A study on the mechanical properties and performance of selected thermoplastic and thermosetting composites for engineering applications


Student thesis: Doctoral Thesis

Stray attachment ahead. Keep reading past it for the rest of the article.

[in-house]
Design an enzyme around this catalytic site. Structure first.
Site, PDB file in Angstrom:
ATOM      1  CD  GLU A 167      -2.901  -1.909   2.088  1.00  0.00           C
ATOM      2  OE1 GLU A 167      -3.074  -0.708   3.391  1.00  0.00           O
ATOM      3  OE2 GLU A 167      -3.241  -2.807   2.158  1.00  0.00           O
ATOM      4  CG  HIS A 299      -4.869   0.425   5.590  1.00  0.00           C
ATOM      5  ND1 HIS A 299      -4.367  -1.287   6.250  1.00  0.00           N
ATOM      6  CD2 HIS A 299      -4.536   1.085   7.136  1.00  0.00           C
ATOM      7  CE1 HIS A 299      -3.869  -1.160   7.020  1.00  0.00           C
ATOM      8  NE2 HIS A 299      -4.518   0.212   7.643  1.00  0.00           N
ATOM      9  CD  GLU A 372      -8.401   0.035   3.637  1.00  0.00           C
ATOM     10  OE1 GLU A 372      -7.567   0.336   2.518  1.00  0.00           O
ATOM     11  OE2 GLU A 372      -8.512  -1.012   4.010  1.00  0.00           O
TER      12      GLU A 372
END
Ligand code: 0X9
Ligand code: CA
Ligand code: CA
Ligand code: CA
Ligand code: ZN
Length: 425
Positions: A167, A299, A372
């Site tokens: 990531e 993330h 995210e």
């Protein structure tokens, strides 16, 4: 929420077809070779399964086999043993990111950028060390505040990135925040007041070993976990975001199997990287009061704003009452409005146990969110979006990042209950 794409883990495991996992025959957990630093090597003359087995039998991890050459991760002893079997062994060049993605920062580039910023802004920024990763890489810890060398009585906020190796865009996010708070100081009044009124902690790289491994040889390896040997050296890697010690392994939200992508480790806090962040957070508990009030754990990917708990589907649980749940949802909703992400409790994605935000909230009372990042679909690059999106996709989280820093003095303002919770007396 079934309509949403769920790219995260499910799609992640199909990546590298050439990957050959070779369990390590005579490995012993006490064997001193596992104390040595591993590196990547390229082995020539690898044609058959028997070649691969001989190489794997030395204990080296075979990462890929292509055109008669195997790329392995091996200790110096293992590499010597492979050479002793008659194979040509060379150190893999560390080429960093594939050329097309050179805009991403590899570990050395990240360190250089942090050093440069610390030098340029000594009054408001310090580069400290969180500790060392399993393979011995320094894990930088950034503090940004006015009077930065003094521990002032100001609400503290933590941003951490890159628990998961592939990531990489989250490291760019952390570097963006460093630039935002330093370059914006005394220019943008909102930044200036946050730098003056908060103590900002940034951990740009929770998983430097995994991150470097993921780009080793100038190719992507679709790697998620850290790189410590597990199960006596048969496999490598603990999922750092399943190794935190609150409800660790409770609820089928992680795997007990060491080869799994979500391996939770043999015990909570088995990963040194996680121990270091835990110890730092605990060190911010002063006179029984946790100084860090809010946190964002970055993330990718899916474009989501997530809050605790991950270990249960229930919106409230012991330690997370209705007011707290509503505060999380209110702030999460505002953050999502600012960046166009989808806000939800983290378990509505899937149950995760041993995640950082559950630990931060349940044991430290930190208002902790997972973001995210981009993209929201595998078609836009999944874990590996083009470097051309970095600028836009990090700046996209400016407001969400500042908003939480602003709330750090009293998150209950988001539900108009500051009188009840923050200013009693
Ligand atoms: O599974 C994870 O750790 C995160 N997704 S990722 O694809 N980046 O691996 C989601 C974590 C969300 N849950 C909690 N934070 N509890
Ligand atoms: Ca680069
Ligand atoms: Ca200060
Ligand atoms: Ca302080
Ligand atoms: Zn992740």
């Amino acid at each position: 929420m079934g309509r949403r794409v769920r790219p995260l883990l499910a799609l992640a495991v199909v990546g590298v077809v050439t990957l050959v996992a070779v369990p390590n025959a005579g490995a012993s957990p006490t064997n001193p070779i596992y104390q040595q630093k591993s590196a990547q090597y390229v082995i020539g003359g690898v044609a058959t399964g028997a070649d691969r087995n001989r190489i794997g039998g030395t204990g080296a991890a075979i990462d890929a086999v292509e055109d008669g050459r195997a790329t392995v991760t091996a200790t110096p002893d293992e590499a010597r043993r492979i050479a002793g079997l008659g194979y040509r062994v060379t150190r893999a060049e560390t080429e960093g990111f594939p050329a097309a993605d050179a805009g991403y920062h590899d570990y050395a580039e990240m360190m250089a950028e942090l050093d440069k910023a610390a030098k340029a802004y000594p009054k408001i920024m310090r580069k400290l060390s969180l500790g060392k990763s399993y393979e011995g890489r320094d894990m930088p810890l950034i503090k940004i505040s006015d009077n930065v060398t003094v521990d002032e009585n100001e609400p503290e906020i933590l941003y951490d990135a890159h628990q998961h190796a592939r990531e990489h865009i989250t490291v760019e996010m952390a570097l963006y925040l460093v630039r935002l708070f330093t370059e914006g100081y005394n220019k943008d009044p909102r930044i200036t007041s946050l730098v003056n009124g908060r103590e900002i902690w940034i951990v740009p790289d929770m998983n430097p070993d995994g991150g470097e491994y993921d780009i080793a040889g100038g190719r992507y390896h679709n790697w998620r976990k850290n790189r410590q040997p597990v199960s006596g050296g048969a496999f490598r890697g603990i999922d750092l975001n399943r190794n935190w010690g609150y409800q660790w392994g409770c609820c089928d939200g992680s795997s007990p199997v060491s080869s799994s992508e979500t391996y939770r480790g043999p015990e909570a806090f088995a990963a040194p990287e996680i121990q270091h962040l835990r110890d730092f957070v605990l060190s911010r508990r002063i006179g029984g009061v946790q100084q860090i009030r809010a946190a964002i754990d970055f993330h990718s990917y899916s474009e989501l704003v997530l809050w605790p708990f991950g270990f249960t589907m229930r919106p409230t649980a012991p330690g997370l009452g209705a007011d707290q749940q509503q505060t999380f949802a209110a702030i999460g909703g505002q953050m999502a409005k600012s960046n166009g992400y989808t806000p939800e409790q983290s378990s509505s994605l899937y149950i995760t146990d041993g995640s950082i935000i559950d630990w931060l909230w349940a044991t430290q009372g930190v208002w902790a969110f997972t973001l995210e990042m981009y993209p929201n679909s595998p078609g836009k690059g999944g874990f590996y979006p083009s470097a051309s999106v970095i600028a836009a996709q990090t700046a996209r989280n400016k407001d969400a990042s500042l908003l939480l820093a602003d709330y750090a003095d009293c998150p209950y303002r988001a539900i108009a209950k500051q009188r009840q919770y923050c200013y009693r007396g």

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  • Kai Kin YEUNG


Awarding Institution
Award date15 Jul 2011